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Schizophrenia Bulletin vol. 39 no. 3 pp.

518526, 2013
doi:10.1093/schbul/sbs056
Advance Access publication April 12, 2012

Brain vs Behavior: An Effect Size Comparison of Neuroimaging and Cognitive


Studies of Genetic Risk for Schizophrenia

Emma Jane Rose1,2,* and Gary Donohoe1,2


1

Neuropsychiatric Genetics Group, Department of Psychiatry, Trinity College Dublin, Dublin, Ireland; 2Trinity College Institute of
Neuroscience, Trinity College Dublin, Dublin, Ireland
*To whom correspondence should be addressed; Department of Psychiatry, Trinity College Dublin, Trinity Centre for Health Sciences,
St. James Hospital, Dublin 8, Ireland; tel: 353(0)18962464, fax: 353(0)18963405, e-mail: rosee@tcd.ie

Genetic variants associated with increased risk for


schizophrenia (SZ) are hypothesized to be more
penetrant at the level of brain structure and function
than at the level of behavior. However, to date the
relative sensitivity of im- aging vs cognitive measures of
these variants has not been quantified. We considered
effect sizes associated with cog- nitive and imaging
studies of 9 robust SZ risk genes (DAOA, DISC1,
DTNBP1, NRG1, RGS4, NRGN, CACNA1C, TCF4, and ZNF804A) published between January
2005November 2011. Summary data was used to calculate estimates of effect size for each significant
finding. The mean effect size for each study was
categorized as small, medium, or large and the
relative frequency of each category was compared
between modalities and across genes. Random effects
meta-analysis was used to consider the impact of
experimental methodology on effect size. Im- aging
studies reported mostly medium or large effects,
whereas cognitive investigations commonly reported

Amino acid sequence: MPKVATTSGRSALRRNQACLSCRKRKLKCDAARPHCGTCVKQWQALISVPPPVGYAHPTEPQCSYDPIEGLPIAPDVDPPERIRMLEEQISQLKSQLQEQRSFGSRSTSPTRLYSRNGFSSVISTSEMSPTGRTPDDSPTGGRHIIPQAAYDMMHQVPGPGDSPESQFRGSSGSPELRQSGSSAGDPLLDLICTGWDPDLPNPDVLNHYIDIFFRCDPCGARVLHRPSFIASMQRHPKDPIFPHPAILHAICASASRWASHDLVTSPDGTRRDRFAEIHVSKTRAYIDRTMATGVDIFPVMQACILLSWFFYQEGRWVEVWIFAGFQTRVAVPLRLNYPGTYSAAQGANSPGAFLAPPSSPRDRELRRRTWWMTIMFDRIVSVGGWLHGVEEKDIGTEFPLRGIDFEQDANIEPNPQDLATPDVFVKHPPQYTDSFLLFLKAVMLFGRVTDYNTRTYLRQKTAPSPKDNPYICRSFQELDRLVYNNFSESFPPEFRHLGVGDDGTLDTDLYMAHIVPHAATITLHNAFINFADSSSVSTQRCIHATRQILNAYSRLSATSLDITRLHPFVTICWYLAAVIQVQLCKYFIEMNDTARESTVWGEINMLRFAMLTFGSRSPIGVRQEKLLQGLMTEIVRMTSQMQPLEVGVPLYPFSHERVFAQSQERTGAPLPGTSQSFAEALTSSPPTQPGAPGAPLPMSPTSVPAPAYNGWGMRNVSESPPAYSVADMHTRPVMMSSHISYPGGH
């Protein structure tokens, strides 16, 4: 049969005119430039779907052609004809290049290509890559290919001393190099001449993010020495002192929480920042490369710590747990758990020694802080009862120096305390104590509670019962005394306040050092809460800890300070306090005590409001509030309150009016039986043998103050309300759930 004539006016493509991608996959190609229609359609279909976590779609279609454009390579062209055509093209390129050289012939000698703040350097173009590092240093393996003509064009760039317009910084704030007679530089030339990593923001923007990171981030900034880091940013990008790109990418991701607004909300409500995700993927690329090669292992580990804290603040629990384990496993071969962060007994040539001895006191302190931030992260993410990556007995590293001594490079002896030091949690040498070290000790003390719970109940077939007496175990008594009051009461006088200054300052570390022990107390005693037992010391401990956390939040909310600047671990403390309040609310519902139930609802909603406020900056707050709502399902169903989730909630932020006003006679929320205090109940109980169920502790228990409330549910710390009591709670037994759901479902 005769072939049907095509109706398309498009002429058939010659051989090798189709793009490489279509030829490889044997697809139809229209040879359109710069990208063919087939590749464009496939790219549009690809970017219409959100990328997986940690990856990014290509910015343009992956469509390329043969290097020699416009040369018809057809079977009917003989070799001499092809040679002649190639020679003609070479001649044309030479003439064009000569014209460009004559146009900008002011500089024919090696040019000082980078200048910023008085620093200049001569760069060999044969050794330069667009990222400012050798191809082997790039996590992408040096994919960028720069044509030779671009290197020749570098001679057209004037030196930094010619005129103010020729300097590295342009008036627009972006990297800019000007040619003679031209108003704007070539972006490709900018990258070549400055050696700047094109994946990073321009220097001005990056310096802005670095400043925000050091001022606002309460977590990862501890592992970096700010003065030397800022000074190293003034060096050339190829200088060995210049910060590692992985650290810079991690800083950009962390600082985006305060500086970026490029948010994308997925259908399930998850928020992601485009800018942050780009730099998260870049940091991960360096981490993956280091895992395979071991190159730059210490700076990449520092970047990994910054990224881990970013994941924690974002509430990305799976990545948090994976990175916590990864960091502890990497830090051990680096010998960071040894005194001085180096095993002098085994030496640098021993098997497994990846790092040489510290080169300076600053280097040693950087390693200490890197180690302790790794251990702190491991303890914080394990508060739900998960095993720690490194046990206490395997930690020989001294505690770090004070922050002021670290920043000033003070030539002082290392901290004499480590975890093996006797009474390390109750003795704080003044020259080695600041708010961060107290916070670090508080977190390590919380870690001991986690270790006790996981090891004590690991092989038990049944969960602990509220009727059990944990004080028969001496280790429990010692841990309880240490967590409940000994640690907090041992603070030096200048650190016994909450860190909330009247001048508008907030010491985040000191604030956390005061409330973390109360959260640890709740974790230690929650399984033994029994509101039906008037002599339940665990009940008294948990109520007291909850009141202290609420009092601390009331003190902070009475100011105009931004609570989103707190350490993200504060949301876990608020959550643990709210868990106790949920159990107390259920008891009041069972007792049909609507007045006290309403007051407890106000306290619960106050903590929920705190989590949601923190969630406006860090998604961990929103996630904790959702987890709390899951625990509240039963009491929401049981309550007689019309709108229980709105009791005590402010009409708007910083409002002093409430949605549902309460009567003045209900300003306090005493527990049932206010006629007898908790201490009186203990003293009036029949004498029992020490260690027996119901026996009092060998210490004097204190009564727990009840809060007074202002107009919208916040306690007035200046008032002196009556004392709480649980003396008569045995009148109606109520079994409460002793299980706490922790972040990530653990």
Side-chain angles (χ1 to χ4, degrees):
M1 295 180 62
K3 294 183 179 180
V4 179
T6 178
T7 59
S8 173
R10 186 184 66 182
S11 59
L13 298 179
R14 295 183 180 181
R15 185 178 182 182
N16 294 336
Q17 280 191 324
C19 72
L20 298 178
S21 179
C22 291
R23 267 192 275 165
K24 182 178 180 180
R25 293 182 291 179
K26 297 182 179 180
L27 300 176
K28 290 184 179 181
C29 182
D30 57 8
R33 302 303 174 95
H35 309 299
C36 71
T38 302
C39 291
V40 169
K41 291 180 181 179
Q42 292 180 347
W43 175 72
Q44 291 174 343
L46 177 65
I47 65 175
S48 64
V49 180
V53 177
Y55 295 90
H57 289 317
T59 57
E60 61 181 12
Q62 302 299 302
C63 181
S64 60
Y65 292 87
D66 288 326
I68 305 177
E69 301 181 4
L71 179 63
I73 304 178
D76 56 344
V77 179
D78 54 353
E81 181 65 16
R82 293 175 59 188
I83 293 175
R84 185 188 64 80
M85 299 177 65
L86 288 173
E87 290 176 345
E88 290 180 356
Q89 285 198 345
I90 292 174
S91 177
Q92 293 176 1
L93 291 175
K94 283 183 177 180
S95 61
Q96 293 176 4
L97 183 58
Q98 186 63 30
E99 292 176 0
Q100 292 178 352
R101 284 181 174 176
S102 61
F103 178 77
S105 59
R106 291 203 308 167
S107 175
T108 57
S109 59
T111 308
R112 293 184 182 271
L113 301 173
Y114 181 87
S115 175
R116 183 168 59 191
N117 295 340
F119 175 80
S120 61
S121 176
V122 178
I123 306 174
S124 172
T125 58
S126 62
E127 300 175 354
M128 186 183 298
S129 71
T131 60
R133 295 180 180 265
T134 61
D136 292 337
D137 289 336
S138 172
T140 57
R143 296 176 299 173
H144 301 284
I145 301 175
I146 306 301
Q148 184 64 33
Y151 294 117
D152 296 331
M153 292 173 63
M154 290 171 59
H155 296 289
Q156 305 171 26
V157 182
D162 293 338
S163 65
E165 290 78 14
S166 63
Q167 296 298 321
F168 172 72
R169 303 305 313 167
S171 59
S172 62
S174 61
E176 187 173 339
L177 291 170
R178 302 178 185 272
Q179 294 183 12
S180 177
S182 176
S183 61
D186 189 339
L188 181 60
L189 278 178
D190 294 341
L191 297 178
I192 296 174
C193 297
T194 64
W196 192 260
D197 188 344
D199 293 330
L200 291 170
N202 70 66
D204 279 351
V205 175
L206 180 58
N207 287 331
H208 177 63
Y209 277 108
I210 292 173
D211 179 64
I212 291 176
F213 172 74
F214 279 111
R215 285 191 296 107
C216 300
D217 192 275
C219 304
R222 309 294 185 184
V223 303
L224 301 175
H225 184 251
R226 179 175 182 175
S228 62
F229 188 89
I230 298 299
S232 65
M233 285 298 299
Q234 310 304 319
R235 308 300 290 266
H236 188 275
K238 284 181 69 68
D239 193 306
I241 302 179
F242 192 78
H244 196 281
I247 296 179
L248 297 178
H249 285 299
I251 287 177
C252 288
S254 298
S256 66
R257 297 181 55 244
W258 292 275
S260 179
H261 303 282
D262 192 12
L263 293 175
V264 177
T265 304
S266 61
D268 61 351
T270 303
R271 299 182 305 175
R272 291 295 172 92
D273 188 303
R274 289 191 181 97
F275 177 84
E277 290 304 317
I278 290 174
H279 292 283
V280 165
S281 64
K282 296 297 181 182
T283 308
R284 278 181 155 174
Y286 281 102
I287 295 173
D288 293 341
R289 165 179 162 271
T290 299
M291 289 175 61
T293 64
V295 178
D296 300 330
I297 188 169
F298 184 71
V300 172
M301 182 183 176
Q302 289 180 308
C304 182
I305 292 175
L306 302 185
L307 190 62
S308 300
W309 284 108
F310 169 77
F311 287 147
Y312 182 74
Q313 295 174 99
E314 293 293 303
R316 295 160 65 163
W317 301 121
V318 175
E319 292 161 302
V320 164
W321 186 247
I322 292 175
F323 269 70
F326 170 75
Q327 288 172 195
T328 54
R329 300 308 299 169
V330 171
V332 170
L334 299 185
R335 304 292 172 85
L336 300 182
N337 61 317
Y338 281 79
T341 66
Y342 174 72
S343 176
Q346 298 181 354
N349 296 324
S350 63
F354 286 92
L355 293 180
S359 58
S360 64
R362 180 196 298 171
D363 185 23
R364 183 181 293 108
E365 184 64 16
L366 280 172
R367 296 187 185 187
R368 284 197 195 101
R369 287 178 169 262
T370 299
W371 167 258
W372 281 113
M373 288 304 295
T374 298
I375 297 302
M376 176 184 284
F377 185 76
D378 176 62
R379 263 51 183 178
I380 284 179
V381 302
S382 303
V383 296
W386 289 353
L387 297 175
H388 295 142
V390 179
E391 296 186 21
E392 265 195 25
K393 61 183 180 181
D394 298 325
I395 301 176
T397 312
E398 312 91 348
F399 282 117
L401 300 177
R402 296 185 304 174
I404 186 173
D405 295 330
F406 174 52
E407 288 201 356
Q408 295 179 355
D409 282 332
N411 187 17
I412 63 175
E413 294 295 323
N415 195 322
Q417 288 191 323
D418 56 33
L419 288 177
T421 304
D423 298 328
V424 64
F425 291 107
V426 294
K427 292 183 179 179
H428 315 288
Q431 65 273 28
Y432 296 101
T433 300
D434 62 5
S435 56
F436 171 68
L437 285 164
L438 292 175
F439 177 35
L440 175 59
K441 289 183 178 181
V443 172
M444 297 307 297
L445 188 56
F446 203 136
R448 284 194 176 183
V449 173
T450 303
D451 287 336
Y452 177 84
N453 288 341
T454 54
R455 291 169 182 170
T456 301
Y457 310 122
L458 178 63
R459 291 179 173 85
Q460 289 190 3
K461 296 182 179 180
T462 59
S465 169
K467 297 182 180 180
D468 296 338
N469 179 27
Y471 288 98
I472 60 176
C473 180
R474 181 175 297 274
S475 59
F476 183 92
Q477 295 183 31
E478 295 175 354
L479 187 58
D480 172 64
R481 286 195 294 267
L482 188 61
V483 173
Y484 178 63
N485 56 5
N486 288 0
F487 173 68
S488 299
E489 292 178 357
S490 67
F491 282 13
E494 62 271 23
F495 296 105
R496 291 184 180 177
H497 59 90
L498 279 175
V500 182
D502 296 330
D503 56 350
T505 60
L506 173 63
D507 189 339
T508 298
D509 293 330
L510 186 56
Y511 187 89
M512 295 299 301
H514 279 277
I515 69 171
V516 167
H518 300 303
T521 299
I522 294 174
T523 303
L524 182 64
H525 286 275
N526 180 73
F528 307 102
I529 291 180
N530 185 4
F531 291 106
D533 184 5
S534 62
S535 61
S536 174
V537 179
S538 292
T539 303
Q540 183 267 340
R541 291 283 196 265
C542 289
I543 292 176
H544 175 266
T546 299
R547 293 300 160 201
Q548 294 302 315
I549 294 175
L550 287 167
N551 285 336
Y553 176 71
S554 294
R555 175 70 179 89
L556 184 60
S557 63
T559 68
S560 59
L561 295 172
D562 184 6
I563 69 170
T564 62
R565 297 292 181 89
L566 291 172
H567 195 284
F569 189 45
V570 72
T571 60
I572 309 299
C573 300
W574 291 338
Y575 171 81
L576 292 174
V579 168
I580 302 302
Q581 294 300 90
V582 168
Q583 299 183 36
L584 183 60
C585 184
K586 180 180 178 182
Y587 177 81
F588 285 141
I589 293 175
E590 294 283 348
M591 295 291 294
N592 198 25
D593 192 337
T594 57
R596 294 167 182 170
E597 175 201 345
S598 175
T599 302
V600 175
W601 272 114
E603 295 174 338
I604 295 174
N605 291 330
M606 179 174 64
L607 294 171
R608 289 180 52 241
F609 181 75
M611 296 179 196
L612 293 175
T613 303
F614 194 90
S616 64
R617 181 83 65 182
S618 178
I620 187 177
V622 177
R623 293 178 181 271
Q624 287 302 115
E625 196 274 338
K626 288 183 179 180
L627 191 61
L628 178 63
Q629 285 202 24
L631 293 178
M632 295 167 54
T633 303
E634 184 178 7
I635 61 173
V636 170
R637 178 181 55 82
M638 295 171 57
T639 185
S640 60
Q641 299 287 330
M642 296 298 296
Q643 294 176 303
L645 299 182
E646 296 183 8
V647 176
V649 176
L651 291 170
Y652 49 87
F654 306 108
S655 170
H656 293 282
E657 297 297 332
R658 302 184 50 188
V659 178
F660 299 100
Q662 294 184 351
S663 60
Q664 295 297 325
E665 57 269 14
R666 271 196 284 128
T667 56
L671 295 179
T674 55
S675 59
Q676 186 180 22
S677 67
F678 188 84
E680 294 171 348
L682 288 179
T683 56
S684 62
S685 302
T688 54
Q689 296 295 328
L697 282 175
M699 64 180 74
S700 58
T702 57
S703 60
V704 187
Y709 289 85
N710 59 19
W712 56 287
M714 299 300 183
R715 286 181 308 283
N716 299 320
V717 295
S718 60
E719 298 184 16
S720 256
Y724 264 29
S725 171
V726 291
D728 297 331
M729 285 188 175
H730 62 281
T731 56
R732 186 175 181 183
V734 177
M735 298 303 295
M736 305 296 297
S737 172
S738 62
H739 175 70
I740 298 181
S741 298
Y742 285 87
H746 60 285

small effects. Meta-analysis confirmed that imaging
studies were associated with larger effects. Effect size
estimates were negatively correlated with sample size
but did not differ as a function of gene nor imaging
modality. These obser- vations support the notion that
SZ risk variants show larger effects, and hence greater
penetrance, when characterized using indices of brain
structure and function than when indexed by
cognitive measures. However, it remains to be
established whether this holds true for individual risk
variants, imaging modalities, or cognitive functions, and
how such effects may be mediated by a relationship
with sample size and other aspects of experimental
variability.
Key words: endophenotype/schizophrenia/imaging
genetics/neurocognitive/effect size/meta-analysis
Introduction
Schizophrenia (SZ) is a common and highly heritable
psy- chiatric condition,1 which is associated with
profound

changes in brain structure and function, cognition, and


perception. Despite clear evidence of SZ heritability, critical gaps in our understanding of how genetic variability
increases risk for SZ psychopathology remain; perhaps as
a consequence of its complex genetics. 2 It has been
postulated that genes do not directly encode for psychopathology in general nor for specific symptoms, but
rather that genetic risk is mediated by effects on
neural mech- anisms relevant to brain structure and
cognition, ie, so called intermediate phenotypes or
endophenotypes.3 By moving beyond a behaviorally
based diagnosis, mea- suring intermediate phenotypes (ie,
those quantitative bi- ological traits that occur on the
pathway between genes and disease4) may: (1) help to
characterize the deleterious effects of individual risk
variants, (2) prove informative for preclinical studies of